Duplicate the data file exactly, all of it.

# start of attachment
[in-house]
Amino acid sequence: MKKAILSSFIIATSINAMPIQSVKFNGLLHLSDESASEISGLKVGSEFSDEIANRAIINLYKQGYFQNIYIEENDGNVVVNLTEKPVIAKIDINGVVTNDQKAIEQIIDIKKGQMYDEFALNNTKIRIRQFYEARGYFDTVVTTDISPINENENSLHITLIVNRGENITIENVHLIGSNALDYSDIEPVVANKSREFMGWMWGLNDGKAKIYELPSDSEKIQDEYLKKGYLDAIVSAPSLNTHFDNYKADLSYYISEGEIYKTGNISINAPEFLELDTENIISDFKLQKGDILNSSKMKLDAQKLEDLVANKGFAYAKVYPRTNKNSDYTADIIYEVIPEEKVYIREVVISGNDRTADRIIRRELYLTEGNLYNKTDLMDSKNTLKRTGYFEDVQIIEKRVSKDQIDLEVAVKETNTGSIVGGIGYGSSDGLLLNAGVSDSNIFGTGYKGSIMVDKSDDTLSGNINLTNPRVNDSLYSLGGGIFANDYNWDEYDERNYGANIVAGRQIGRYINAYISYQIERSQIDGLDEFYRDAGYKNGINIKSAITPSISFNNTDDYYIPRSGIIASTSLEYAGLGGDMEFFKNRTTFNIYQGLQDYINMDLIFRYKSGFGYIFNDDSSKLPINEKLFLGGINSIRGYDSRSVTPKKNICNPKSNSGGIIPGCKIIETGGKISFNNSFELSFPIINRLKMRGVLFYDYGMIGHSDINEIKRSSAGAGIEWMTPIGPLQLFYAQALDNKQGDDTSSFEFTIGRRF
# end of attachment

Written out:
[in-house]
Amino acid sequence: MKKAILSSFIIATSINAMPIQSVKFNGLLHLSDESASEISGLKVGSEFSDEIANRAIINLYKQGYFQNIYIEENDGNVVVNLTEKPVIAKIDINGVVTNDQKAIEQIIDIKKGQMYDEFALNNTKIRIRQFYEARGYFDTVVTTDISPINENENSLHITLIVNRGENITIENVHLIGSNALDYSDIEPVVANKSREFMGWMWGLNDGKAKIYELPSDSEKIQDEYLKKGYLDAIVSAPSLNTHFDNYKADLSYYISEGEIYKTGNISINAPEFLELDTENIISDFKLQKGDILNSSKMKLDAQKLEDLVANKGFAYAKVYPRTNKNSDYTADIIYEVIPEEKVYIREVVISGNDRTADRIIRRELYLTEGNLYNKTDLMDSKNTLKRTGYFEDVQIIEKRVSKDQIDLEVAVKETNTGSIVGGIGYGSSDGLLLNAGVSDSNIFGTGYKGSIMVDKSDDTLSGNINLTNPRVNDSLYSLGGGIFANDYNWDEYDERNYGANIVAGRQIGRYINAYISYQIERSQIDGLDEFYRDAGYKNGINIKSAITPSISFNNTDDYYIPRSGIIASTSLEYAGLGGDMEFFKNRTTFNIYQGLQDYINMDLIFRYKSGFGYIFNDDSSKLPINEKLFLGGINSIRGYDSRSVTPKKNICNPKSNSGGIIPGCKIIETGGKISFNNSFELSFPIINRLKMRGVLFYDYGMIGHSDINEIKRSSAGAGIEWMTPIGPLQLFYAQALDNKQGDDTSSFEFTIGRRF